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Innovation & Job News

D.C. startup Edbacker raises funds, will hire one

Edbacker, a D.C. startup that is changing the way elementary and secondary schools raise funds, is raising money itself and will be hiring an app developer in early 2014. The company, which placed second in its division in the D.C. Regional Challenge Cup competition, was founded earlier this year by siblings Gary and Alaethea Hensley.
"We are raising a round," Gary Hensley explains. "We've got $100,000 of a $400,000 round committed."
Edbacker uses a crowdfunding model to tackle the issue of school fundraisers. Much like campaigns created on crowdfunding websites like Indigogo or Kickstarter, Edbacker invites potential fundraisers to create a project on their site, upload either a photo or video to accompany the project and then design rewards or perks to go along with the different levels of donations.
"Designing rewards and perks is what differentiates us from Donors Choose," Hensley says, referring to a competitor's site. Hensley believes that having fundraiser-designed perks at different levels increases donation amounts. For example, Cesar Chavez Public Charter High School's current campaign on Edbacker is to raise $35,000 for a trip to New Orleans to help rebuild areas still suffering from Hurricane Katrina. Backers who donate $25 receive a thank-you note from students; if they donate $300, they receive student-created artwork.  A $1,000 donation nets the backer "partner" status, with representation on the school's website and newsletters. There are other levels, with other perks, in between.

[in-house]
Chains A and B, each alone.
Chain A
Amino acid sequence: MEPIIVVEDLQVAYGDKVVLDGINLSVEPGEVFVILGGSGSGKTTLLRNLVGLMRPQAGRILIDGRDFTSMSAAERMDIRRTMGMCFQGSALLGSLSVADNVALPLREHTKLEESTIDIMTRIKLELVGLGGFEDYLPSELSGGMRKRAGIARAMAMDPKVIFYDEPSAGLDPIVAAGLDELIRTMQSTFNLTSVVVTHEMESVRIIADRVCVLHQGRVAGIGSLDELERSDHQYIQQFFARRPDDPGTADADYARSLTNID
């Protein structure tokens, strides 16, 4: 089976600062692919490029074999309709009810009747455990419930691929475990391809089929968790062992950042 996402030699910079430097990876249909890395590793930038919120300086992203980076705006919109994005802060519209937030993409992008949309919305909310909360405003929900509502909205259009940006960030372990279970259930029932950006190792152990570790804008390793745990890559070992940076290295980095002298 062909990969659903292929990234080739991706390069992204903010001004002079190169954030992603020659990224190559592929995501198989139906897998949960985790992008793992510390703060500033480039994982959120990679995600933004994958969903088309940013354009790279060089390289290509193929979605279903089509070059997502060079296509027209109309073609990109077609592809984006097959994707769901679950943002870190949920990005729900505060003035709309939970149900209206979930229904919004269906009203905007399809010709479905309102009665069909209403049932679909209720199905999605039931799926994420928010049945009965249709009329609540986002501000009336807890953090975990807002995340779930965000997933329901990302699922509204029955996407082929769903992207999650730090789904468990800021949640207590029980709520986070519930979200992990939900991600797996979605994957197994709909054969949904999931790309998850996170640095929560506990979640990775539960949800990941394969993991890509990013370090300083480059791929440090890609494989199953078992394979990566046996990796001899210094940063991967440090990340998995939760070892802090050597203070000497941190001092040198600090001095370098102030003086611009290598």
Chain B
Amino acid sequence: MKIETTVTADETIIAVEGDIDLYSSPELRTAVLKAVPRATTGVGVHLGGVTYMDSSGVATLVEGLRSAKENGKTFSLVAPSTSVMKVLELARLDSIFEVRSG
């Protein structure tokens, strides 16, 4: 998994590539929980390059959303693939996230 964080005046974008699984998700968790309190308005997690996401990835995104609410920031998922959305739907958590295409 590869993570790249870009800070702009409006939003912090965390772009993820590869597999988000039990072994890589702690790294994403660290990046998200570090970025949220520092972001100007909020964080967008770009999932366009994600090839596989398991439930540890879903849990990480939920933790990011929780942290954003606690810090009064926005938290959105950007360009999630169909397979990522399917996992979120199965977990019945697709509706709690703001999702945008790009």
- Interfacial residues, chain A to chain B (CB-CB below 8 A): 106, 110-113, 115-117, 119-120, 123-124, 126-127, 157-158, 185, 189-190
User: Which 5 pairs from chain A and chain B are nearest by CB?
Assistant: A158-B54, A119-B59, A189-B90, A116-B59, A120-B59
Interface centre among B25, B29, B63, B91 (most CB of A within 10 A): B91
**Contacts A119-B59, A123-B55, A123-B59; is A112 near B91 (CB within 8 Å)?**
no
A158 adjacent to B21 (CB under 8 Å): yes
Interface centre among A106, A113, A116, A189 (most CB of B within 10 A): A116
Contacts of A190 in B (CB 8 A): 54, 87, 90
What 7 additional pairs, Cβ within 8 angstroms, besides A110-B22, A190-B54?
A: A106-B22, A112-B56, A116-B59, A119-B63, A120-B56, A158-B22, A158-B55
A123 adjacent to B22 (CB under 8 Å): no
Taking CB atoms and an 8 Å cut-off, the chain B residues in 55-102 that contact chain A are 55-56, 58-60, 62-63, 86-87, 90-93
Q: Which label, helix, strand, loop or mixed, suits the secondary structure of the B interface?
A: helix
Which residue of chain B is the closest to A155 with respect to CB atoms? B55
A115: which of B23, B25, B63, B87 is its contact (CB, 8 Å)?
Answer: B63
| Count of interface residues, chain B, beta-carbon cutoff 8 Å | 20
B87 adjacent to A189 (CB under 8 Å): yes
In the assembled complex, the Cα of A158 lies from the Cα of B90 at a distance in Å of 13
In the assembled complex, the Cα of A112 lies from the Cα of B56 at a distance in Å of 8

After creating the campaign itself, the perks that go along with it and a campaign's duration, Edbacker provides "an easy mechanism to share the campaign via email, social media and [other systems]," Hensley explains.
Though Edbacker placed second in the regional competition, Hensley says that going through the Challenge Cup process was "a fantastic experience all around." He credits Michael Chasen, former Blackboard CEO and current Social Radar CEO, as a "great mentor." Hensley has been through the startup grind before—he founded Intagrade, an early warning and analytics program in 2006 and sold it to Pearson Education in 2009. 

Read more articles by Allyson Jacob.

Allyson Jacob is a writer originally hailing from Cincinnati, Ohio, and is the Innovation and Job News editor for Elevation DC. Her work has been featured in The Cincinnati Enquirer and Cincinnati CityBeat. Have a tip about a small business or start-up making waves inside the Beltway? Tell her here.
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